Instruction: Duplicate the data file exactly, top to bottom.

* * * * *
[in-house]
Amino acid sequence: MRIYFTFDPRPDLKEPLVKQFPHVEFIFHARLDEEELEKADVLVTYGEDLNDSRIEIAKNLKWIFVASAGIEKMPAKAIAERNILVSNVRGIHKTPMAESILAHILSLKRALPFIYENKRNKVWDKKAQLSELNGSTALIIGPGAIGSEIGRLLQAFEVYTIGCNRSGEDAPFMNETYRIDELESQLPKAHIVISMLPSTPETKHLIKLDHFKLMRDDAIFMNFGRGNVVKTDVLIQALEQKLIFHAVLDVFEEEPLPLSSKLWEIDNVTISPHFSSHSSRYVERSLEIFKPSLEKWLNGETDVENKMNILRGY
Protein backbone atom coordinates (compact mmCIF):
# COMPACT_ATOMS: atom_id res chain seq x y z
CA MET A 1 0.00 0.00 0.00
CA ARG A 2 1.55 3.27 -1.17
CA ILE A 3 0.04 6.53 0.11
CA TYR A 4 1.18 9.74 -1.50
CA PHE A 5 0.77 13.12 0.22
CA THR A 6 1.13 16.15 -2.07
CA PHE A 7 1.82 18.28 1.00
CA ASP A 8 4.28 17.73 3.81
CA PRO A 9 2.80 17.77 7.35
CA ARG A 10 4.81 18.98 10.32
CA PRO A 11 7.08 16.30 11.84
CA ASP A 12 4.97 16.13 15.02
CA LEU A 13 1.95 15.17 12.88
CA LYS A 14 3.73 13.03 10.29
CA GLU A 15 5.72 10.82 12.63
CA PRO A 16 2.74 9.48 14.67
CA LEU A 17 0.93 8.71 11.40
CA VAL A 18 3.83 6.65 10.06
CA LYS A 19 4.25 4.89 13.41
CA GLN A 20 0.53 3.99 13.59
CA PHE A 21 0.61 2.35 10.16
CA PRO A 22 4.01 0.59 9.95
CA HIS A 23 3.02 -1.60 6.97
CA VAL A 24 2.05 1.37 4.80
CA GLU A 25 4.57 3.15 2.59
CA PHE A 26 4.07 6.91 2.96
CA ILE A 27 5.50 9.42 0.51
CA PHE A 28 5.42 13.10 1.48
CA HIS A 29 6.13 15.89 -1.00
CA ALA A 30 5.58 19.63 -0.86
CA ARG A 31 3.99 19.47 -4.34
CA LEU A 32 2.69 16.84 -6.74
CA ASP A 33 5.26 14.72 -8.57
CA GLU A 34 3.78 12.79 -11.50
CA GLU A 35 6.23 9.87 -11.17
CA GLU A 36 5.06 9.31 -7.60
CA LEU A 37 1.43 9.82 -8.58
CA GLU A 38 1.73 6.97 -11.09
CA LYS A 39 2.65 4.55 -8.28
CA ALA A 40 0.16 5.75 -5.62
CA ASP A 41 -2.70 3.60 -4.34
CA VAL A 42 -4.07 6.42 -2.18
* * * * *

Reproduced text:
[in-house]
Amino acid sequence: MRIYFTFDPRPDLKEPLVKQFPHVEFIFHARLDEEELEKADVLVTYGEDLNDSRIEIAKNLKWIFVASAGIEKMPAKAIAERNILVSNVRGIHKTPMAESILAHILSLKRALPFIYENKRNKVWDKKAQLSELNGSTALIIGPGAIGSEIGRLLQAFEVYTIGCNRSGEDAPFMNETYRIDELESQLPKAHIVISMLPSTPETKHLIKLDHFKLMRDDAIFMNFGRGNVVKTDVLIQALEQKLIFHAVLDVFEEEPLPLSSKLWEIDNVTISPHFSSHSSRYVERSLEIFKPSLEKWLNGETDVENKMNILRGY
Protein backbone atom coordinates (compact mmCIF):
# COMPACT_ATOMS: atom_id res chain seq x y z
CA MET A 1 0.00 0.00 0.00
CA ARG A 2 1.55 3.27 -1.17
CA ILE A 3 0.04 6.53 0.11
CA TYR A 4 1.18 9.74 -1.50
CA PHE A 5 0.77 13.12 0.22
CA THR A 6 1.13 16.15 -2.07
CA PHE A 7 1.82 18.28 1.00
CA ASP A 8 4.28 17.73 3.81
CA PRO A 9 2.80 17.77 7.35
CA ARG A 10 4.81 18.98 10.32
CA PRO A 11 7.08 16.30 11.84
CA ASP A 12 4.97 16.13 15.02
CA LEU A 13 1.95 15.17 12.88
CA LYS A 14 3.73 13.03 10.29
CA GLU A 15 5.72 10.82 12.63
CA PRO A 16 2.74 9.48 14.67
CA LEU A 17 0.93 8.71 11.40
CA VAL A 18 3.83 6.65 10.06
CA LYS A 19 4.25 4.89 13.41
CA GLN A 20 0.53 3.99 13.59
CA PHE A 21 0.61 2.35 10.16
CA PRO A 22 4.01 0.59 9.95
CA HIS A 23 3.02 -1.60 6.97
CA VAL A 24 2.05 1.37 4.80
CA GLU A 25 4.57 3.15 2.59
CA PHE A 26 4.07 6.91 2.96
CA ILE A 27 5.50 9.42 0.51
CA PHE A 28 5.42 13.10 1.48
CA HIS A 29 6.13 15.89 -1.00
CA ALA A 30 5.58 19.63 -0.86
CA ARG A 31 3.99 19.47 -4.34
CA LEU A 32 2.69 16.84 -6.74
CA ASP A 33 5.26 14.72 -8.57
CA GLU A 34 3.78 12.79 -11.50
CA GLU A 35 6.23 9.87 -11.17
CA GLU A 36 5.06 9.31 -7.60
CA LEU A 37 1.43 9.82 -8.58
CA GLU A 38 1.73 6.97 -11.09
CA LYS A 39 2.65 4.55 -8.28
CA ALA A 40 0.16 5.75 -5.62
CA ASP A 41 -2.70 3.60 -4.34
CA VAL A 42 -4.07 6.42 -2.18